What You Should Know About Chapter 7 Bankruptcy For Corporations And LLCs
Bankruptcy cases for corporations and LLCs are different from bankruptcy cases for other types of businesses, especially for sole proprietorships and for many partnerships. First, it is important to know that both corporations and LLCs can file for bankruptcy. The type of bankruptcy that the business files for will determine whether it can continue operating or whether it must close. Generally speaking, Chapter 7 business bankruptcies require the corporation or LLC to close, while a Chapter 11 bankruptcy (including a Subchapter V bankruptcy) can allow a corporation or an LLC to remain open while reorganizing debts and catching up with money owed to creditors. There are additional considerations for corporation and LLC Chapter 7 bankruptcy cases that our West Palm Beach bankruptcy lawyers want to discuss in more detail.
Corporations and LLCs File for Chapter 7 Bankruptcy as Separate Entities
Both corporations and LLCs, like sole proprietorships or individuals, can file for Chapter 7 bankruptcy. However, since corporations and LLCs are distinct entities and are separate from the business owners, the business owners themselves will not be filing for Chapter 7 bankruptcy. Instead, the entity itself will be filing for bankruptcy. Once a corporation or an LLC files for Chapter 7 bankruptcy, the bankruptcy trustee will liquidate the business’s assets in order to repay creditors. However, unlike in individual bankruptcy cases, corporations and LLCs do not receive a bankruptcy debt discharge.
Since the business will be closed, creditors cannot come after the business. At the same time, the debts remain, which can allow creditors to try to recover money owed from individual business owners in certain circumstances. Generally speaking, both corporations and LLCs provide strong liability protection for owners, but there are situations in which individual owners can be liable for business debts.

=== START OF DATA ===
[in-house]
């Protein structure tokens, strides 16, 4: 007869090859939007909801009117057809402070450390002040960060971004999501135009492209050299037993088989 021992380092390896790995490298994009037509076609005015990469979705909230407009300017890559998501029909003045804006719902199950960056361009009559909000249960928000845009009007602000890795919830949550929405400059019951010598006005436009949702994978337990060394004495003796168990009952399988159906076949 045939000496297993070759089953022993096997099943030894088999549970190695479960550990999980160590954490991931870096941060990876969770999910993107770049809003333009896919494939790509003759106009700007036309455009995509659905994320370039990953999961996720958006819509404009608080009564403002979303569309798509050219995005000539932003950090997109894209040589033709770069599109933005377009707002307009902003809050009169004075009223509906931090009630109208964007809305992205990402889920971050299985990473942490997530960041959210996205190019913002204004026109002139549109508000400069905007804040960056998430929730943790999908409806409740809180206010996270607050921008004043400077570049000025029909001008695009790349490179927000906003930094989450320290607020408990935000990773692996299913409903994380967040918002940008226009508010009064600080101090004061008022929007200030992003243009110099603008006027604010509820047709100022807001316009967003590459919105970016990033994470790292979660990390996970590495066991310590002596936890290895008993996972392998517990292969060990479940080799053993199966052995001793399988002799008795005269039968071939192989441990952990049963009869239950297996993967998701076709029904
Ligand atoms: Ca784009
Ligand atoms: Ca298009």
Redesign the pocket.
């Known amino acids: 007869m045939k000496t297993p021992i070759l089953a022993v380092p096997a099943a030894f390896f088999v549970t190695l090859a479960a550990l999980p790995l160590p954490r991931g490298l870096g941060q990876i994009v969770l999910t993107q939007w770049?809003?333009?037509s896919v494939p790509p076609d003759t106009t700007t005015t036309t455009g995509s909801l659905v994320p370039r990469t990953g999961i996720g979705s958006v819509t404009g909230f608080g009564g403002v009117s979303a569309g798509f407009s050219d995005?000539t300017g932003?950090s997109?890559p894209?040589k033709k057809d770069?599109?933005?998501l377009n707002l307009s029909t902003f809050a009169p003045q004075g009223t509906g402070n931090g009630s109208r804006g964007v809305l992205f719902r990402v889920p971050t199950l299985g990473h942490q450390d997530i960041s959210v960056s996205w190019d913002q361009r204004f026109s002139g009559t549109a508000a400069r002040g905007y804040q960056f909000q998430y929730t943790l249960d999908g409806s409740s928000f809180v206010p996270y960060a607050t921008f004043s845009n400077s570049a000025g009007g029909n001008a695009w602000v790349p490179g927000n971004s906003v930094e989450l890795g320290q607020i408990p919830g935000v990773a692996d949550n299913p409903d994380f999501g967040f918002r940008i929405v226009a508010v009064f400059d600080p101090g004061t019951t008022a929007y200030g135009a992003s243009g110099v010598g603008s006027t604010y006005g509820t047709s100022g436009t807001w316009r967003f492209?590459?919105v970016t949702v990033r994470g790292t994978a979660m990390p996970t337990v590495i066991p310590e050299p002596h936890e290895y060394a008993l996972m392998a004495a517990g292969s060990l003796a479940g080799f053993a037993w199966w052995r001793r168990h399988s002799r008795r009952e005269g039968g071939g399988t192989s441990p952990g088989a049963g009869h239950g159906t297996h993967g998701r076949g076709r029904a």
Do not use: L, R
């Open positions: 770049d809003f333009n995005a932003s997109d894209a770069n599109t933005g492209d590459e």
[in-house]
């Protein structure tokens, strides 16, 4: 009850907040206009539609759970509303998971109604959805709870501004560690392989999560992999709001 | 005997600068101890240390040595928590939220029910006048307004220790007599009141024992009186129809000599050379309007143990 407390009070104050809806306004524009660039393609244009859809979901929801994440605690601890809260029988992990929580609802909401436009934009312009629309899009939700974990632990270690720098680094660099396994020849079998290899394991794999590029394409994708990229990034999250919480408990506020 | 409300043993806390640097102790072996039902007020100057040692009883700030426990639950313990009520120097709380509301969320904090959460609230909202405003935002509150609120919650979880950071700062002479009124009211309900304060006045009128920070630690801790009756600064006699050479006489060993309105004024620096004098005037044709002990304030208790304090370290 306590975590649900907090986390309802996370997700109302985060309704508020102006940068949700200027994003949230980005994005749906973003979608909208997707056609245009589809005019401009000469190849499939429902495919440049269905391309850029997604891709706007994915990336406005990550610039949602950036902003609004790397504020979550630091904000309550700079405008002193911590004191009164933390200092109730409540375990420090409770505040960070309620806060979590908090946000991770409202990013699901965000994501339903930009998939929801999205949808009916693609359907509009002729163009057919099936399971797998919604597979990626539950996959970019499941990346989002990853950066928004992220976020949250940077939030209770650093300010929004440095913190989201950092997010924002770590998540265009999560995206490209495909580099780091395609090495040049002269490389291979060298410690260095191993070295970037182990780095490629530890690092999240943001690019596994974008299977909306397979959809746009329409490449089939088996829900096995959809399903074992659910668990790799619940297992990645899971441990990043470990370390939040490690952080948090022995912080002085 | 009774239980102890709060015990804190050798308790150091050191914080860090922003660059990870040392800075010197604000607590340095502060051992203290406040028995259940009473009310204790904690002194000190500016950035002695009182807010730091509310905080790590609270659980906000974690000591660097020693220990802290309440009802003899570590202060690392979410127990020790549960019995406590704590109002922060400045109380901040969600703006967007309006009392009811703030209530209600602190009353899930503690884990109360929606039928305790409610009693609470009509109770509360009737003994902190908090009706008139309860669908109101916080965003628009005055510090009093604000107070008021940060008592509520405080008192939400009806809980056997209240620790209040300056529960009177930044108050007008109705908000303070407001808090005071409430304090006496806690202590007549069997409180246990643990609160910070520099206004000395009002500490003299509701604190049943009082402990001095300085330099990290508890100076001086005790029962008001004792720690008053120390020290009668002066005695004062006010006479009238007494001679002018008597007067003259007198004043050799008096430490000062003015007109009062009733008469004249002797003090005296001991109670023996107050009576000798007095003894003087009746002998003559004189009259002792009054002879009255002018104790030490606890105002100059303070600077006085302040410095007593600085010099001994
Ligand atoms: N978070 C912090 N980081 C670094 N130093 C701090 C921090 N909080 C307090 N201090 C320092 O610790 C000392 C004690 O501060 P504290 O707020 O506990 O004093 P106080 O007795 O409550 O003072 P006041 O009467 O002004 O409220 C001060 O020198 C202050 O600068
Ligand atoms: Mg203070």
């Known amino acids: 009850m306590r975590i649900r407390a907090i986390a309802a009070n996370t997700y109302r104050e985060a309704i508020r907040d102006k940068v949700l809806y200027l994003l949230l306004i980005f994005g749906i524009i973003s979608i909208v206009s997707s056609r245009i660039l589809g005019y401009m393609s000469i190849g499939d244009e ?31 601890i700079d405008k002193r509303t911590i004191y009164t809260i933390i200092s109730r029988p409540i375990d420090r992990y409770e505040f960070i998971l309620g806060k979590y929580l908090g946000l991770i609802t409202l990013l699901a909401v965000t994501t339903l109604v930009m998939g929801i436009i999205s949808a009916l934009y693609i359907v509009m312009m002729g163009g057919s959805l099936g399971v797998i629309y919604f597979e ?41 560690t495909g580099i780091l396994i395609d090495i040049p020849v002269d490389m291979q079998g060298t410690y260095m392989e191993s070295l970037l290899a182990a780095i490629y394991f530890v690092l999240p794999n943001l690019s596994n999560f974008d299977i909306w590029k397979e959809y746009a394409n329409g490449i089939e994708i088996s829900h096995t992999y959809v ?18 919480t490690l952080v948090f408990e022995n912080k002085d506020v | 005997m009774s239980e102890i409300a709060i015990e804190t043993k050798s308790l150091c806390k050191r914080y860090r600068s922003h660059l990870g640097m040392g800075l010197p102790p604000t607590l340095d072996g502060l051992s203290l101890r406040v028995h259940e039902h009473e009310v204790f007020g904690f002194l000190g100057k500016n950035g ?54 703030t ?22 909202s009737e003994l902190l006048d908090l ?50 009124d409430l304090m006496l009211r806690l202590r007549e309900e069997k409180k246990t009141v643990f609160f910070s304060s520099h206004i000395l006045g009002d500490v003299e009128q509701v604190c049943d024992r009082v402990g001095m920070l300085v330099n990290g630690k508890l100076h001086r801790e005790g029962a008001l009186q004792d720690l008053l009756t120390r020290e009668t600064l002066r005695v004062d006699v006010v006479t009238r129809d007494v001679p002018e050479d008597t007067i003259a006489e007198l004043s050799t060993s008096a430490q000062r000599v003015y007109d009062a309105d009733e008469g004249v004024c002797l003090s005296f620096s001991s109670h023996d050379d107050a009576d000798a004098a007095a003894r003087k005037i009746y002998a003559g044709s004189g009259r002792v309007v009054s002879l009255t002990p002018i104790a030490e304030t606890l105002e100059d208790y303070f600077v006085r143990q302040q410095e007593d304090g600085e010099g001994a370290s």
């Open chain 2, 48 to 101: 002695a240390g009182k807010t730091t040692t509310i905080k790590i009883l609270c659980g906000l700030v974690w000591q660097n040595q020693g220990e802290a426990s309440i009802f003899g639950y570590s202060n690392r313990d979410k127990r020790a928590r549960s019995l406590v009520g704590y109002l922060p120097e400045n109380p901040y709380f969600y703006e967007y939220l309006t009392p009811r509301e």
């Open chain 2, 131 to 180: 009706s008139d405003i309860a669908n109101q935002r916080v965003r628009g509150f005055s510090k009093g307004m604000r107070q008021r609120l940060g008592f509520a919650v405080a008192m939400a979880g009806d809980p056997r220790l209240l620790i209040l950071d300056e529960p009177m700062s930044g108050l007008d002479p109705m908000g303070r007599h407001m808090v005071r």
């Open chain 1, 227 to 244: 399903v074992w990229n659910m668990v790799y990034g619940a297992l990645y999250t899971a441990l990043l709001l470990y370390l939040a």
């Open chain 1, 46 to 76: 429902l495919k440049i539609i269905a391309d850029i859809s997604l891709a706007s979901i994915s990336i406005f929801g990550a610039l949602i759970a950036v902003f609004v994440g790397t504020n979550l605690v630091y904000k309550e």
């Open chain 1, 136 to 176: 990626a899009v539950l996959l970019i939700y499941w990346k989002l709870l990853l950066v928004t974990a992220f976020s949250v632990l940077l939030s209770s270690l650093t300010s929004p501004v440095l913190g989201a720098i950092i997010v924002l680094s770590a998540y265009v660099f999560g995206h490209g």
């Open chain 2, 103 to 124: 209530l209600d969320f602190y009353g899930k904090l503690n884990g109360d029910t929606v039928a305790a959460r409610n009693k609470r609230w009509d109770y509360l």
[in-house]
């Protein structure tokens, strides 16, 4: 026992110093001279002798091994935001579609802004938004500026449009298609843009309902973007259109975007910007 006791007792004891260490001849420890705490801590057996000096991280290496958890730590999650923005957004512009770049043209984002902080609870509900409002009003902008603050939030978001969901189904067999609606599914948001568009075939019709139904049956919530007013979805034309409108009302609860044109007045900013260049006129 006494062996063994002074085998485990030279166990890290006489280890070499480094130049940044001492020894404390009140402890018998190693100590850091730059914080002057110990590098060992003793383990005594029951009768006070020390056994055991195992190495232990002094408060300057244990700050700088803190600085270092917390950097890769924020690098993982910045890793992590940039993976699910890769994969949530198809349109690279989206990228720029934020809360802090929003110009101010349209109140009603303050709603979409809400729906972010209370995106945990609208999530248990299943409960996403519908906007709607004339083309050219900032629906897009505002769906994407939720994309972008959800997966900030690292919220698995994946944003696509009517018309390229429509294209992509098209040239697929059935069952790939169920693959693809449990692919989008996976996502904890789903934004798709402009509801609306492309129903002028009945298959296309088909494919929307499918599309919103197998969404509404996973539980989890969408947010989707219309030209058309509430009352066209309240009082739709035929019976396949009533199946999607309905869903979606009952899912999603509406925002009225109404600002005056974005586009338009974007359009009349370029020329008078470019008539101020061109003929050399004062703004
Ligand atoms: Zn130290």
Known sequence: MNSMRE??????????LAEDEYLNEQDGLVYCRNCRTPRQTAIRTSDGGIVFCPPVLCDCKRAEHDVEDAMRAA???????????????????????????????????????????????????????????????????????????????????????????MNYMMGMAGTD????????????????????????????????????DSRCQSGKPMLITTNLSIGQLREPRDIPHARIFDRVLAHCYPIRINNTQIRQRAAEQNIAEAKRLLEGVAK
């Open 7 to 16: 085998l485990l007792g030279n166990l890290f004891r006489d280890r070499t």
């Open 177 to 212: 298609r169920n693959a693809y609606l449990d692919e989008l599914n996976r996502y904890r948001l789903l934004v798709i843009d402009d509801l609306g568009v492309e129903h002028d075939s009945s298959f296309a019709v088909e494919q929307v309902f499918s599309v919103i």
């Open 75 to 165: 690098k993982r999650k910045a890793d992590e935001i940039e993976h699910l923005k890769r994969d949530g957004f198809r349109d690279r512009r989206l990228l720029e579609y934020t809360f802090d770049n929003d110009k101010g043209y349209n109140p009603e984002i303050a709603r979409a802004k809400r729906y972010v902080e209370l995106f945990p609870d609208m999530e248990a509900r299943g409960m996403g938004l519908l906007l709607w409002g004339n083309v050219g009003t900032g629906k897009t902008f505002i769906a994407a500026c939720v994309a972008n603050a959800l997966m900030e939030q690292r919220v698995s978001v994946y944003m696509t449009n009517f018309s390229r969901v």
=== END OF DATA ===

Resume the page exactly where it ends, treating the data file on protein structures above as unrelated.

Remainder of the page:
Personal Liability May Apply in Some Chapter 7 Bankruptcy Cases Involving Corporations or LLCs
When can individual business owners be personally responsible for the debts of corporations or LLCs that have filed for Chapter 7 bankruptcy? In general, the following are the types of situations in which there may be personal liability:
- Business owners have made personal guarantees for business loans or debts, either by cosigning a loan individually or offering a personal asset as collateral;
- Fraud in general, usually meaning that there was an attempt to prevent a creditor from receiving money owed; and
- Situations where a creditor can prove an “alter ego claim,” meaning that the corporation or LLC was an alter ego of one of the members or shareholders.
While there are situations in which individuals may be personally liable for business debts in a corporation or LLC Chapter 7 bankruptcy case, it is important to keep in mind that this is not the norm. In most Chapter 7 bankruptcy cases involving a corporation or an LLC, individual owners — meaning a member or a shareholder — will not be held personally accountable for any of the business’s remaining liabilities once the business closes.
Contact a Business Bankruptcy Lawyer in West Palm Beach
If your business is considering Chapter 7 bankruptcy, it is essential to seek advice from an experienced West Palm Beach bankruptcy attorney who can guide you through this complex process. Do not hesitate to get in touch with one of the lawyers at Kelley Kaplan & Eller to find out more about business bankruptcy options and how to get started on a business bankruptcy petition.